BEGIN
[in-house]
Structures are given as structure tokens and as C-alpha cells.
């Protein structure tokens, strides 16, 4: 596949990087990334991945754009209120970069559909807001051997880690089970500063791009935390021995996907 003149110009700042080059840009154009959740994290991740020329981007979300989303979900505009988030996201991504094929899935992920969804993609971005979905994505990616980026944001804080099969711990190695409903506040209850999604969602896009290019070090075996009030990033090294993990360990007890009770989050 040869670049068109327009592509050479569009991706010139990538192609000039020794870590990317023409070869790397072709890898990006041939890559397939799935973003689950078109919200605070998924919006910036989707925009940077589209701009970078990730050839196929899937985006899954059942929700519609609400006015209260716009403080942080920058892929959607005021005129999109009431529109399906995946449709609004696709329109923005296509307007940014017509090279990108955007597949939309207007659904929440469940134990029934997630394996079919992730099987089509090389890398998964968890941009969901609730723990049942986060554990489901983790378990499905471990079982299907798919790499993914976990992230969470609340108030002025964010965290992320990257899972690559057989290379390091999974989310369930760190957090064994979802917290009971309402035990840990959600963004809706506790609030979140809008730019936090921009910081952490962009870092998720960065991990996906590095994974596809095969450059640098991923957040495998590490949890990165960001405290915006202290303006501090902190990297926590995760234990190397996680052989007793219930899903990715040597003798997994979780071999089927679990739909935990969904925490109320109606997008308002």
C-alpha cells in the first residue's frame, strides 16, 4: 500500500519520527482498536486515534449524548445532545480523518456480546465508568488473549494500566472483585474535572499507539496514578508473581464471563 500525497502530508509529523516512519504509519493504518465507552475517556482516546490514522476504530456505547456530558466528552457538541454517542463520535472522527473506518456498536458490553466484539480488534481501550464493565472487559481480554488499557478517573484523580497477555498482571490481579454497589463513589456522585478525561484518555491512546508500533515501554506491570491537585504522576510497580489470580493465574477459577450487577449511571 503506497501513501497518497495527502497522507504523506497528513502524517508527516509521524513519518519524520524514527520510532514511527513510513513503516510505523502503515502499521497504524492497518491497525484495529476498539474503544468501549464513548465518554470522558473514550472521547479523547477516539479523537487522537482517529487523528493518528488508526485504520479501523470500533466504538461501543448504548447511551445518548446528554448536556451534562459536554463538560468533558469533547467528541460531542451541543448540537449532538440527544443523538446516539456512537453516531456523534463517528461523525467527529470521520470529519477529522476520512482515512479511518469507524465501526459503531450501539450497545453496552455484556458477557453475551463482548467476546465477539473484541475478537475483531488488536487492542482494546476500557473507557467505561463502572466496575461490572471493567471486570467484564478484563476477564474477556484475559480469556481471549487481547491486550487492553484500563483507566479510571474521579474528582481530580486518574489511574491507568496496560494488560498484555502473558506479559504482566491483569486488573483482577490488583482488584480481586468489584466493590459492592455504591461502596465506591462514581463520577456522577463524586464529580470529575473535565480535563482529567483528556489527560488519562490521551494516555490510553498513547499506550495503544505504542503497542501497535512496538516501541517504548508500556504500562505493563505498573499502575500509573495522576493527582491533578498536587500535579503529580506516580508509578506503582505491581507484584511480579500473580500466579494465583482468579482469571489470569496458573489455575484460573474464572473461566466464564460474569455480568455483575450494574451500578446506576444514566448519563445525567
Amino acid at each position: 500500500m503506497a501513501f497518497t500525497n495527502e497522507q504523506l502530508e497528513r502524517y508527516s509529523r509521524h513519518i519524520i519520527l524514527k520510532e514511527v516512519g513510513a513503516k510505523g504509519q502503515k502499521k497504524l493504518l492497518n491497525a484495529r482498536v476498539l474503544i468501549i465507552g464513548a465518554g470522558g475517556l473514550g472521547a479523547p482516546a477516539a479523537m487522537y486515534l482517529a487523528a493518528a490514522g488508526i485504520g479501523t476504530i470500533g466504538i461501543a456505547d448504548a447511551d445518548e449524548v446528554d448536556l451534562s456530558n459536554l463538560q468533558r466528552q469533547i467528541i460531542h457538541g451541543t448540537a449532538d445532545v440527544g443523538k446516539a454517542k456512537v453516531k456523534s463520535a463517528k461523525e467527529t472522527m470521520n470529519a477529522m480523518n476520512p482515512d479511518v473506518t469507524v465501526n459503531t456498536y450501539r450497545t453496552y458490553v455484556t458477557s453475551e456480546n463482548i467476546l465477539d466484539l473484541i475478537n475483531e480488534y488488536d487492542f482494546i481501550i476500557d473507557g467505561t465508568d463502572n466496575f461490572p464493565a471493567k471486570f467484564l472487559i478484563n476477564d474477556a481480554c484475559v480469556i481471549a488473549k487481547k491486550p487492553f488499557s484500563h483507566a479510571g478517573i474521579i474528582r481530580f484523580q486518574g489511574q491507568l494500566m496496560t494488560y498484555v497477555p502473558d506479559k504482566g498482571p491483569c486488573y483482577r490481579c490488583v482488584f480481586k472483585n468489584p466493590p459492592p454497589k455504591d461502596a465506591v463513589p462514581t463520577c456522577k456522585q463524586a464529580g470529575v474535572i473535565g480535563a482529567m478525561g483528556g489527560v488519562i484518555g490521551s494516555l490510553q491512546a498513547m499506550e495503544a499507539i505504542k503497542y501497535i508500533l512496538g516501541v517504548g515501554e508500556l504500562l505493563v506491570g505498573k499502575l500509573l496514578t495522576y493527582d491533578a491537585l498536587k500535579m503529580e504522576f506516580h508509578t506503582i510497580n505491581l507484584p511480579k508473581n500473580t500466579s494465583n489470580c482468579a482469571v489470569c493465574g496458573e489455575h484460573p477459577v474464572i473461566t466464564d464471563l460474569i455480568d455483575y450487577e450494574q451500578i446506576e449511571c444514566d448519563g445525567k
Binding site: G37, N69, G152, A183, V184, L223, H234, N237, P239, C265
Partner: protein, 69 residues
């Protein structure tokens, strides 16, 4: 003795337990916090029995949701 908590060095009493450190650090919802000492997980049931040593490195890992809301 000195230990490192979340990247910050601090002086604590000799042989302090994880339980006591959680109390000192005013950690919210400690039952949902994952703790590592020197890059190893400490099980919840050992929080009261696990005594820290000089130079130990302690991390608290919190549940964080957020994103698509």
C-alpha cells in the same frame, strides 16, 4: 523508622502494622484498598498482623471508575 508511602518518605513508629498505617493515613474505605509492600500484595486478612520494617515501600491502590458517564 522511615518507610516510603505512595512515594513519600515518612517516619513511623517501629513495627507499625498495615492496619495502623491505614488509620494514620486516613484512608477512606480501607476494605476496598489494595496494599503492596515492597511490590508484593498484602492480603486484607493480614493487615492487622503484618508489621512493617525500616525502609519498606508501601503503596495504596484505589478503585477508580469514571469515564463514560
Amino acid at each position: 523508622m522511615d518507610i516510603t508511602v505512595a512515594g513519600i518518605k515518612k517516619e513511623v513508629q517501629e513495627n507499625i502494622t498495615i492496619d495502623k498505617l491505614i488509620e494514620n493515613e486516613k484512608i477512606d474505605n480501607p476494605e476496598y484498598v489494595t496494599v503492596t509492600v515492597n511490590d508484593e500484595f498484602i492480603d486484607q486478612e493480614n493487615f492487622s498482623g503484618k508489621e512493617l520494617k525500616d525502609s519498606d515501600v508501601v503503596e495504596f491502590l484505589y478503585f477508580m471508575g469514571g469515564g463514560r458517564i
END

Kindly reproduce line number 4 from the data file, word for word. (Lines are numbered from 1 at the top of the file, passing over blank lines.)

C-alpha cells in the first residue's frame, strides 16, 4: 500500500519520527482498536486515534449524548445532545480523518456480546465508568488473549494500566472483585474535572499507539496514578508473581464471563 500525497502530508509529523516512519504509519493504518465507552475517556482516546490514522476504530456505547456530558466528552457538541454517542463520535472522527473506518456498536458490553466484539480488534481501550464493565472487559481480554488499557478517573484523580497477555498482571490481579454497589463513589456522585478525561484518555491512546508500533515501554506491570491537585504522576510497580489470580493465574477459577450487577449511571 503506497501513501497518497495527502497522507504523506497528513502524517508527516509521524513519518519524520524514527520510532514511527513510513513503516510505523502503515502499521497504524492497518491497525484495529476498539474503544468501549464513548465518554470522558473514550472521547479523547477516539479523537487522537482517529487523528493518528488508526485504520479501523470500533466504538461501543448504548447511551445518548446528554448536556451534562459536554463538560468533558469533547467528541460531542451541543448540537449532538440527544443523538446516539456512537453516531456523534463517528461523525467527529470521520470529519477529522476520512482515512479511518469507524465501526459503531450501539450497545453496552455484556458477557453475551463482548467476546465477539473484541475478537475483531488488536487492542482494546476500557473507557467505561463502572466496575461490572471493567471486570467484564478484563476477564474477556484475559480469556481471549487481547491486550487492553484500563483507566479510571474521579474528582481530580486518574489511574491507568496496560494488560498484555502473558506479559504482566491483569486488573483482577490488583482488584480481586468489584466493590459492592455504591461502596465506591462514581463520577456522577463524586464529580470529575473535565480535563482529567483528556489527560488519562490521551494516555490510553498513547499506550495503544505504542503497542501497535512496538516501541517504548508500556504500562505493563505498573499502575500509573495522576493527582491533578498536587500535579503529580506516580508509578506503582505491581507484584511480579500473580500466579494465583482468579482469571489470569496458573489455575484460573474464572473461566466464564460474569455480568455483575450494574451500578446506576444514566448519563445525567